Is Media Increasing The Stigma On Mental Illness?

Studies indicate that mass media is one of the public’s primary sources of information about disorders such as bipolar, schizophrenia and depression maybe the cause of this misperception.

The catch? Research also suggests most media portrayals of mental illness are stereotypical, negative or flat-out wrong – meaning many people gain an unfavorable or inaccurate view of those with psychological disorders simply by skimming a few sentences or picking up a remote control.

Studies show that not only are individuals with mental illness LESS likely to commit violent crimes, they’re actually more likely to be victimized. Still, many news outlets conflate mental illness with violence. When it comes to mental illness, the media tends to skew reality.

News media and stigma

From building fire to car crash to murder, the news media have been guilty of sensationalizing every type of news story to catch the attention of the reader or viewer. As the old saying in the news business goes, “If it bleeds, it leads.”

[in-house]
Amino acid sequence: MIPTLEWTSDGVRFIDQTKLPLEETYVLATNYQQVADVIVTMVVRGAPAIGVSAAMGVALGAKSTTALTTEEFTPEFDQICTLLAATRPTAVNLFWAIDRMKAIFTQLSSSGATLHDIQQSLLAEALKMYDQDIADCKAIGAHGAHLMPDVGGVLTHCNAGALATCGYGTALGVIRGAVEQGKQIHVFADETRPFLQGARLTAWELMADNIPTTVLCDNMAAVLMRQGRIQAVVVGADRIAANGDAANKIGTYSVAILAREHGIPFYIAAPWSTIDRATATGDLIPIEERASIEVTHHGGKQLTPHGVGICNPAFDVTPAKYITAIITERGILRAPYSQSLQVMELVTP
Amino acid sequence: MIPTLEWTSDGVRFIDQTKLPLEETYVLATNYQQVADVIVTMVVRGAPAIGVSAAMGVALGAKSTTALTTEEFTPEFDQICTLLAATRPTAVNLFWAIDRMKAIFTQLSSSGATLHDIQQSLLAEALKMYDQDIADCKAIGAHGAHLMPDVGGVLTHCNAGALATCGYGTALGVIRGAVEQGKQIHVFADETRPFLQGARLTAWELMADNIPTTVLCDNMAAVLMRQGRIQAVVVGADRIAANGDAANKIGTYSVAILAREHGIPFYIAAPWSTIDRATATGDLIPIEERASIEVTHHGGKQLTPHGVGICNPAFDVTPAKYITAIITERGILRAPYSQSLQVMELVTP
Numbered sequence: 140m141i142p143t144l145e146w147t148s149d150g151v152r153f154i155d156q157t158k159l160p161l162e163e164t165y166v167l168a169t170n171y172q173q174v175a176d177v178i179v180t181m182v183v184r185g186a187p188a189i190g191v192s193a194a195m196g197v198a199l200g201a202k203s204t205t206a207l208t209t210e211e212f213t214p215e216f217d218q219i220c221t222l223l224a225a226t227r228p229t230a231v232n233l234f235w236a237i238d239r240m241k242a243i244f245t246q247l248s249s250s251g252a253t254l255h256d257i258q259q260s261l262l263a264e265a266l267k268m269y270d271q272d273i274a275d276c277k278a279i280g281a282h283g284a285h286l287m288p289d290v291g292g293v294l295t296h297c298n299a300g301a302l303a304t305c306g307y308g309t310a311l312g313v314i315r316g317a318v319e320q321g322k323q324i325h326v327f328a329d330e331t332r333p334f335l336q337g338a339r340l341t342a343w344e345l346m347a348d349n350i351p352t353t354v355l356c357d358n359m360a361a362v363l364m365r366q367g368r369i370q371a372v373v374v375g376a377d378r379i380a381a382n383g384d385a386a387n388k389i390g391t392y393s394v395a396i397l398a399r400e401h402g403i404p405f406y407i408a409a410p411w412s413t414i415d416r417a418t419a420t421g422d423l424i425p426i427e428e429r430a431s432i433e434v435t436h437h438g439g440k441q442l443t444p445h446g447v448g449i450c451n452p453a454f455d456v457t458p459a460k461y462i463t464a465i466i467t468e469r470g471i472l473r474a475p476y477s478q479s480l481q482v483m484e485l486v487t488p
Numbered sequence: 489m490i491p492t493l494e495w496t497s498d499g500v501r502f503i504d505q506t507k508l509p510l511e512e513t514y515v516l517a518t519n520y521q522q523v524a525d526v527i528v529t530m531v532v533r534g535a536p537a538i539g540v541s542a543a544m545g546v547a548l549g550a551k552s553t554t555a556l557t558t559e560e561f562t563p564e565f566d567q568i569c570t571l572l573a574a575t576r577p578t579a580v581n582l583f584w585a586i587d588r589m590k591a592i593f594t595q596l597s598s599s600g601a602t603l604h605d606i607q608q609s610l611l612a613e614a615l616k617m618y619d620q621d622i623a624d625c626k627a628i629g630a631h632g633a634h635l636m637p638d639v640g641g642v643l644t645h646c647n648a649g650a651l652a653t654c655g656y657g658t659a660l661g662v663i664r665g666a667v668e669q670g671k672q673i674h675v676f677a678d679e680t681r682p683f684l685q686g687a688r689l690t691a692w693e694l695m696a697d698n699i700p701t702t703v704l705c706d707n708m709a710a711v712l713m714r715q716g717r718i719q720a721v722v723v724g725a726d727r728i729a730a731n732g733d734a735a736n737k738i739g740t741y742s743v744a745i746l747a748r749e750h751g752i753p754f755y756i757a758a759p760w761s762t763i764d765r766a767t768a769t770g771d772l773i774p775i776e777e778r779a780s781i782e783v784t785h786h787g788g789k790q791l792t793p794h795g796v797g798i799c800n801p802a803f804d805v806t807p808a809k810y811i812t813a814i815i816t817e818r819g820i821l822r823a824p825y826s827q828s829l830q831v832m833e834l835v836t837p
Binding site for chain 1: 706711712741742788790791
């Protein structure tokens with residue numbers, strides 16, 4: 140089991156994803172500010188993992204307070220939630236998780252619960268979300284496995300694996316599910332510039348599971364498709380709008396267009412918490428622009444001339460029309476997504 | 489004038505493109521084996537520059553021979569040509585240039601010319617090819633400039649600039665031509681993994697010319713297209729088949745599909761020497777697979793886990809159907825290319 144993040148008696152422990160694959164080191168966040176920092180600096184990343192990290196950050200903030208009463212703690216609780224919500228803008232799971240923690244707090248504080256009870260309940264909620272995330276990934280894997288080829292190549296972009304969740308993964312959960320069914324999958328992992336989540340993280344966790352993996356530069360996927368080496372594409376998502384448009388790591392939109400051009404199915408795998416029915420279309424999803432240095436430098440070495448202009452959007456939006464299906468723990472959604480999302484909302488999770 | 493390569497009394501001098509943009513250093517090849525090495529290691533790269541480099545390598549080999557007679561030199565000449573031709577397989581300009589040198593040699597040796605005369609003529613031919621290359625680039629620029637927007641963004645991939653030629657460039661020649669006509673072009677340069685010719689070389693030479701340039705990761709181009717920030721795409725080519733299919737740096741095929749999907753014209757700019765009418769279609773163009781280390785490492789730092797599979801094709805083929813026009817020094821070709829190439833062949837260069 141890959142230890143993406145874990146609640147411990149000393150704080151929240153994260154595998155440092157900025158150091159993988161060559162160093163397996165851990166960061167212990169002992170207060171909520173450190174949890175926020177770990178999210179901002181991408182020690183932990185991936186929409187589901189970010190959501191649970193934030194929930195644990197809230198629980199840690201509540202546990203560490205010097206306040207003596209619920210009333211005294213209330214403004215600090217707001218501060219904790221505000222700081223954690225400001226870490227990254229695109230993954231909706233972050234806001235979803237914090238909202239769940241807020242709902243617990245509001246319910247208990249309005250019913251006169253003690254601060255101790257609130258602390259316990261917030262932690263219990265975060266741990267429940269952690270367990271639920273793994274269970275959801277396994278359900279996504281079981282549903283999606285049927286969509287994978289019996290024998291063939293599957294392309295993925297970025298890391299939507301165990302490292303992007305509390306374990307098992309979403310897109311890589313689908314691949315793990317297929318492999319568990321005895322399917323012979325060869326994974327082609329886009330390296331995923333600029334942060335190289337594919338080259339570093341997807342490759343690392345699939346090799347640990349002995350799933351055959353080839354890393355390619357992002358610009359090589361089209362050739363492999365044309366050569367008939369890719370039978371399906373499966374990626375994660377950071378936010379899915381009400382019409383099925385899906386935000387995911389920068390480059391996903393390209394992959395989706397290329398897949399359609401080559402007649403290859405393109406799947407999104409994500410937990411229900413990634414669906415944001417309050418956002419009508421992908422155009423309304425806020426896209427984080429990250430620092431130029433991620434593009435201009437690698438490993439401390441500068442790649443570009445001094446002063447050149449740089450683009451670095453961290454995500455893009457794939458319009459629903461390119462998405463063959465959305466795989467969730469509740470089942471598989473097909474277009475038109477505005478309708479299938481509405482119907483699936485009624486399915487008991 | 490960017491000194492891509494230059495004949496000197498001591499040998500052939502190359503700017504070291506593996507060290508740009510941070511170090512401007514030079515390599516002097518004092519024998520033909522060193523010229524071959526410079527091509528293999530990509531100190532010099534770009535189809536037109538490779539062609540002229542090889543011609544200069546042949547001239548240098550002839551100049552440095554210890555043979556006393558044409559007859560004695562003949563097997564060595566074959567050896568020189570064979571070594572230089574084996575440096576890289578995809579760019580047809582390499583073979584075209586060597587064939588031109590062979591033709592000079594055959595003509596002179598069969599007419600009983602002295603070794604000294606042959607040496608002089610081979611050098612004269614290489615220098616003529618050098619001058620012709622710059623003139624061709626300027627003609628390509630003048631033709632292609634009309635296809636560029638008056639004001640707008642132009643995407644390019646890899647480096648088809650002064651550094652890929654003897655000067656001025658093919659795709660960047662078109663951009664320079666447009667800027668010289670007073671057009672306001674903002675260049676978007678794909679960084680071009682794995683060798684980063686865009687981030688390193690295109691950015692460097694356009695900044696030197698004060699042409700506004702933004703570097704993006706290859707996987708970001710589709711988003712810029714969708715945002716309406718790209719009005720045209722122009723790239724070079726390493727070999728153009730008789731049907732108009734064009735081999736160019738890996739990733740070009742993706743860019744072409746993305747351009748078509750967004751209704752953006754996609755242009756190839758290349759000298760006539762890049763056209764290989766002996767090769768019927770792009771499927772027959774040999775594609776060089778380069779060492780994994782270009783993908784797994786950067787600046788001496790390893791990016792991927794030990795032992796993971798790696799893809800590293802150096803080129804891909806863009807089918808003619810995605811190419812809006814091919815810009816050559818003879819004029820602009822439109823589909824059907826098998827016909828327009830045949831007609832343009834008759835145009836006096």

The sensationalized reporting of crimes involving people with a mental illness can hurt an entire group of people who have done nothing to deserve it.

The Media Is Perpetuating A Dangerous Myth About Mental Illness

It isn’t just your imagination: The news media disproportionately links mental illness and violent behavior, a new study found.

Researchers from Johns Hopkins University examined 400 random samples of news stories about mental illness over two decades. They found that more than a third of all news stories about mental health conditions were linked with violence toward other people.

This figure does not reflect the actual rates of interpersonal violence where mental illness is involved, according to the study’s authors. Data suggests only 3 to 5 percent of violent acts can be attributed to serious mental illness. But suggesting that mental health issues are a major factor in violence does create stigma for those who struggle with these illnesses.

“We have good research evidence that news media portrayals like this do create a stigma toward individuals with mental illness,” lead study author Emma McGinty, an assistant professor at the Johns Hopkins Bloomberg School of Public Health, told The Huffington Post. “But in reality, most violence is not caused by people with mental illness.”

Published by Coach Amy

BS, Psychology graduate, Certified NLP Master Practitioner, Certified Life Coach, training in Cognitive Behavior Therapy (CBT), Rational Emotive Behavior Therapy (REBT) Certified Confidence Life Coach,

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